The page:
Euromonitor has released a set of six themes impacting consumer markets as a result of COVID-19, which are expected to dictate consumer spending in the post-pandemic economy: sustainability, home entertainment, consumer shopping, wellness, innovation and the new normal. In specific, the beauty industry can anticipate increased importance on ethical values, consumer expectation of experience and an acceleration of e-commerce adoption and frictionless retail.
Related: What’s Next?
As stated in the report, the economy is expected to be hit with the worst recession since the 1930s and businesses are already facing challenges related to supply chain disruptions and expeditiously changing consumer habits/needs.
From sustainability to purpose
The idea of sustainability evolves beyond the inclusion of ethical credentials and environmental concerns, like plastic pollution and climate change, to a more holistic approach that aims to create social, environmental and economic value.
Health, beauty and fashion companies are moving production to the pursuit of the greater good through ethical values and brand positioning. (See the recent fallout from anti-racist protests.) Health, beauty and fashion brands must invest more in locally produced goods and concentrate on their brand heritage, transparency, safety and provenance.
Home entertainment and the new experiential consumer
Consumers redefine and adapt their daily routines as they stay at home longer, further reinforcing many of the pre-COVID-19 trends towards home entertainment and digital experiences. This creates strategic opportunities across products and services.
Augmented and virtual reality, combined with holographic experiences, will transform the online shopping channel by placing consumers in quasi physical store conditions. Beauty brands have already begun entering this realm with virtual try-on programs for makeup looks and hair dye. As luxury experiences will be more focused on the at-home universe, brands will need to secure high-quality and meaningful experiences with all channels.
Where and how consumers shop
The rise of online, click and collect, frictionless retail and direct-to-consumer (D2C) are accelerated. Retail restrictions in place during the pandemic have fast-tracked the shift to digital distribution. Retail operations and consumer demands will prompt new strategies.
The distribution of beauty and fashion products is being heavily impacted by COVID-19 given physical retail dependence, over-reliance on wholesale and underdeveloped e-commerce capabilities. COVID-19 has emerged as the ultimate retail disruptor, with the potential to accelerate e-commerce adoption, expand click and collect formats and catalyze frictionless retail and D2C operations worldwide.
With the surge in e-commerce, D2C brands come to the forefront, raising brand awareness and customer acquisition through a variety of platforms, from e-commerce presence on Amazon to sales on brand shopping sites and subscription models.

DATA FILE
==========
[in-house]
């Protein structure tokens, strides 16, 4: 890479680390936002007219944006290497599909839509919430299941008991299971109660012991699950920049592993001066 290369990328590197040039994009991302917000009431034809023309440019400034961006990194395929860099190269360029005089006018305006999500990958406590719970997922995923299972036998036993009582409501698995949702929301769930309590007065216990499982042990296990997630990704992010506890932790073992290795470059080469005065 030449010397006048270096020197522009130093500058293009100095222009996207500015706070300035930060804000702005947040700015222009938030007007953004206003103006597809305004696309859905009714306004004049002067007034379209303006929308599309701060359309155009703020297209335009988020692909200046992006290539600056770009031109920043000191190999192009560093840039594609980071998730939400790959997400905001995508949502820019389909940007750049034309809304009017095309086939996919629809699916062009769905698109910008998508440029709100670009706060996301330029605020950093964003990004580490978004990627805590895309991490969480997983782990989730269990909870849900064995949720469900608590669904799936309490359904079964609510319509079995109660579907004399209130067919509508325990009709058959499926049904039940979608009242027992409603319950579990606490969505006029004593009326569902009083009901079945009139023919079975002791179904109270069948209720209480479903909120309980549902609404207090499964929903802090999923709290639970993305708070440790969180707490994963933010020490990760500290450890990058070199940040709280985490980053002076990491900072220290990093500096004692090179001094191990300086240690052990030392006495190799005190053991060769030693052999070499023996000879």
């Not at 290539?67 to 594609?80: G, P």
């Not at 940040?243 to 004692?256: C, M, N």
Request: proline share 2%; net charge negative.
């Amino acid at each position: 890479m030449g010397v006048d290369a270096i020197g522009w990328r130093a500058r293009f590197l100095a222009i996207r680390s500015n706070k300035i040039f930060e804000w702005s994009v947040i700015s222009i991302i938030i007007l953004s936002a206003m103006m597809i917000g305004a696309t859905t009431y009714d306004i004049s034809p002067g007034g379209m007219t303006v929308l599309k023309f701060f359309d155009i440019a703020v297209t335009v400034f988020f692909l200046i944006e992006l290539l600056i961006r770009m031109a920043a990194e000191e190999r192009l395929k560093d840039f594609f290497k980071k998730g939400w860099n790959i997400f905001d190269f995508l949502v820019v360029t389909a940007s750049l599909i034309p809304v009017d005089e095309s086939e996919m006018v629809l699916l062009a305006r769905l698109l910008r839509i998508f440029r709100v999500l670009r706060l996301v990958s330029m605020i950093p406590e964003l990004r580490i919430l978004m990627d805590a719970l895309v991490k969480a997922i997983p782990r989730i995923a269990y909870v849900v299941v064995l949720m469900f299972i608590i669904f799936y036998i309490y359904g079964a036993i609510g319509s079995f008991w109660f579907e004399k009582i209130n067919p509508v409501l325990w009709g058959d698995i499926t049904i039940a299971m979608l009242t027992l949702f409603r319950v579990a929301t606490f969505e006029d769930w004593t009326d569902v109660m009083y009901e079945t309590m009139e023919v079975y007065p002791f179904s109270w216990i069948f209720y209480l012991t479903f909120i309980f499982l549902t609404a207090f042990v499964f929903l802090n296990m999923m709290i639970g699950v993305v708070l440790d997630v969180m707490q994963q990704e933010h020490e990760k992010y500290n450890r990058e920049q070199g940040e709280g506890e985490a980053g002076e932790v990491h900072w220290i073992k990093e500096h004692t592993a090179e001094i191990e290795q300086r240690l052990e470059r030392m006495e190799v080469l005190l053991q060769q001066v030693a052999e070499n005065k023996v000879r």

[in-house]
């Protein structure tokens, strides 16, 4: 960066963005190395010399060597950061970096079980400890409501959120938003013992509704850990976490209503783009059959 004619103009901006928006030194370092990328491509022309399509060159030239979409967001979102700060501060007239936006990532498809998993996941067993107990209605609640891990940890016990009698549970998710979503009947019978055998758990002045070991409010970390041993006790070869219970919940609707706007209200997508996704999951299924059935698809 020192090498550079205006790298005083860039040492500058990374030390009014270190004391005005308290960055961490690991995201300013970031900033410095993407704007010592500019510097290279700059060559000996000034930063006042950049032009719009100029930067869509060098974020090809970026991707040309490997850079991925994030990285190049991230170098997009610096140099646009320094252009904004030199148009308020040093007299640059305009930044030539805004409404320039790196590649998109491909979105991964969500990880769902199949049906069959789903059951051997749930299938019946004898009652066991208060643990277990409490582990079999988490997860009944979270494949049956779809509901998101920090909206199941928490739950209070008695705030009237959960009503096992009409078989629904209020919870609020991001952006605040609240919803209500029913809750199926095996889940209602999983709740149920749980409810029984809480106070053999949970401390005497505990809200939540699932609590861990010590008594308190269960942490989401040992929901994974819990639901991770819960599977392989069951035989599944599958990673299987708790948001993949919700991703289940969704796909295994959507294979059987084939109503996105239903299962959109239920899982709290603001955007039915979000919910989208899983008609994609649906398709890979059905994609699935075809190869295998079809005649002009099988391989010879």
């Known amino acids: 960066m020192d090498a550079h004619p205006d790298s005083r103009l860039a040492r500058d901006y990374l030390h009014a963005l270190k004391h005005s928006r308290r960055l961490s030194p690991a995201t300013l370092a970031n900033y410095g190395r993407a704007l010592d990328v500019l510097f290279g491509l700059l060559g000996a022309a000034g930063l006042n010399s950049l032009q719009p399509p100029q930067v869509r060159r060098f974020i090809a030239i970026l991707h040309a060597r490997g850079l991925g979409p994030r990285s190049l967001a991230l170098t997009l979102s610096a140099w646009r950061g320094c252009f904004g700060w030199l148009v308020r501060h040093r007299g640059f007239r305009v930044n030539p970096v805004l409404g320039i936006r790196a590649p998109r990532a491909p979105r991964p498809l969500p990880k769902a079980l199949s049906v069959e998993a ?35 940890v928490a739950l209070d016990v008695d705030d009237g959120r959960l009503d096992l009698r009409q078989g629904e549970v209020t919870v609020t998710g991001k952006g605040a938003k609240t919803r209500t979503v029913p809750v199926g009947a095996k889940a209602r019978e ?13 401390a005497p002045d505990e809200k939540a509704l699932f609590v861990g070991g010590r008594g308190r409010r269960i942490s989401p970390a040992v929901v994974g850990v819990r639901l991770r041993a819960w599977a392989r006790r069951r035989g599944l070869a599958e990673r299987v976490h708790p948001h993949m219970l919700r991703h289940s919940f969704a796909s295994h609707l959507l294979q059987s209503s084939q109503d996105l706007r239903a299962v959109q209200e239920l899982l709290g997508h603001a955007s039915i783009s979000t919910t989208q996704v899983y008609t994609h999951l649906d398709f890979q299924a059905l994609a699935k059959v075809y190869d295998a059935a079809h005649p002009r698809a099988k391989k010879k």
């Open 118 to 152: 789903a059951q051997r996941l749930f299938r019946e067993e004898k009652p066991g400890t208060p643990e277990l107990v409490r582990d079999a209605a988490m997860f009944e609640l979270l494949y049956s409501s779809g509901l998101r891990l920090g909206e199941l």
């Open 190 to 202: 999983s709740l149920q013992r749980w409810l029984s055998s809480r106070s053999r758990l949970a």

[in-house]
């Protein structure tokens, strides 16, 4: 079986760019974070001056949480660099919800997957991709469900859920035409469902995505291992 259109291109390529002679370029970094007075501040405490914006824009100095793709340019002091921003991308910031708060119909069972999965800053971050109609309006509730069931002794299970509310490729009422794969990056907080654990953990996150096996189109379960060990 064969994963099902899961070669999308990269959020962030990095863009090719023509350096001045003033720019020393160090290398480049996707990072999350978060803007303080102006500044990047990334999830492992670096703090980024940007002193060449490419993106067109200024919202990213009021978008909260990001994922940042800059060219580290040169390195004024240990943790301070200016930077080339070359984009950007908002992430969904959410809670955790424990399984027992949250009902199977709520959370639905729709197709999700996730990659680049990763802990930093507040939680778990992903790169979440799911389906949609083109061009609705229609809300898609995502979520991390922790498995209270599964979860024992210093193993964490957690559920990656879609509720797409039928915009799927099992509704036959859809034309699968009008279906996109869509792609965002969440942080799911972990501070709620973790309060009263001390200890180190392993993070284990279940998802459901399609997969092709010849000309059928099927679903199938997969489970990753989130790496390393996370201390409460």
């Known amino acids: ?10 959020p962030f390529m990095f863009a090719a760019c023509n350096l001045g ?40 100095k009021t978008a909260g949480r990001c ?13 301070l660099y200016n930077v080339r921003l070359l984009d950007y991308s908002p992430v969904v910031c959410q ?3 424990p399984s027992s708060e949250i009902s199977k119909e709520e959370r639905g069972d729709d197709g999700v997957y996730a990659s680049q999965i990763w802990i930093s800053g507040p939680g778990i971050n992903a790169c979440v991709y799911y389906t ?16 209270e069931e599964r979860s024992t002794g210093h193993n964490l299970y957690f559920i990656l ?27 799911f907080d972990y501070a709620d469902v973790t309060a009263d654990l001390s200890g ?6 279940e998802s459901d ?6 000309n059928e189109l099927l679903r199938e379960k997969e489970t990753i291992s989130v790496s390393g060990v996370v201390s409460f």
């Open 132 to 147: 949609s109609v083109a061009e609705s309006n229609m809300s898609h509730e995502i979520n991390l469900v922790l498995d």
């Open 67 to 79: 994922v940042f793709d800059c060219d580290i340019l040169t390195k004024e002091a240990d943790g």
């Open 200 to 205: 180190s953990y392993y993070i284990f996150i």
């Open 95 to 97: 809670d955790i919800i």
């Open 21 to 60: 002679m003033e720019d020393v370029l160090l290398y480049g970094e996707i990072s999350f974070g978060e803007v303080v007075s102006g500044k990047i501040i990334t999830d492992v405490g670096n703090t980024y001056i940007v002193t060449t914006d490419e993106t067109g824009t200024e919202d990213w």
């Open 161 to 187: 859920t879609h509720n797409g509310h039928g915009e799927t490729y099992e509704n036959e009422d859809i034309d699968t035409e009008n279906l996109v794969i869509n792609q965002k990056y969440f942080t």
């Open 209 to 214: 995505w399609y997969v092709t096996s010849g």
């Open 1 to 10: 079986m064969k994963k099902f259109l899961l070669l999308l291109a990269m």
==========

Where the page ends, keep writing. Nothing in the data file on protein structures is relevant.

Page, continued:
Click and collect and alternative check-out options have become expected, and social selling, super apps and marketplaces have grown drastically in importance. Significant shifts in who is shopping and how often implies changes to how retailers and brands market, merchandise and promote.
The primary aspects of optimal health, health in its purest form and the adoption of a holistic approach which encompasses spiritual and physical wellness are being reinforced. Mental wellness and emotional health take center stage, with the notion of happiness becoming a more tangible commercial prospect.
The beauty and wellness convergence becomes even more prominent. Immunity and energy boosting health concepts, alongside those which support concerns related to sleep, stress and anxiety, are key beneficiaries. Digital health solutions are reinforced, and luxury wellness brands move into mental, emotional and spiritual health.
Innovation and the new “core”
In a rapidly changing operating and consumer environment, with risk averse retailers and consumers, the appetite for experimentation is diminished. Innovation will be driven by the demand for immunity/health-boosting ingredients, for which consumers will pay a premium.
Prominent innovations involve providing home-based services for customers, including beauty consultations and DIY content. At the same time, companies are reorienting around simpler, more cost effective product lines like private label and general health products, and by streamlining manufacturing processes.
Trading down and away from physical outlets could drive new spending and upgraded experiences elsewhere. High-end e-commerce and live streaming events to expand as launchpads for new brands and new products.
The “new normal:” what’s here to stay?
How consumers work, shop, eat, drink and play will be driven by lingering home seclusion. Changes to the consumer mindset will drive reduced consumption of non-essential items and anti-ostentation, a focus on self and family and on preventative and immune health.
For health, beauty and fashion, new attitudes toward physical distance, health and remote working will create opportunities related to therapeutic properties and mental well-being. Companies will work to diversify supply chains, while continuing to invest in digital tech and virtual experiences to maintain engagement.
Retailers will focus on their value proposition and technology. As the technology gap grows between laggards and adopters, sales will disproportionately go to the adopters, resulting in a more consolidated retail landscape globally. Shopping centers, inherently social, will have to work hard to draw shoppers.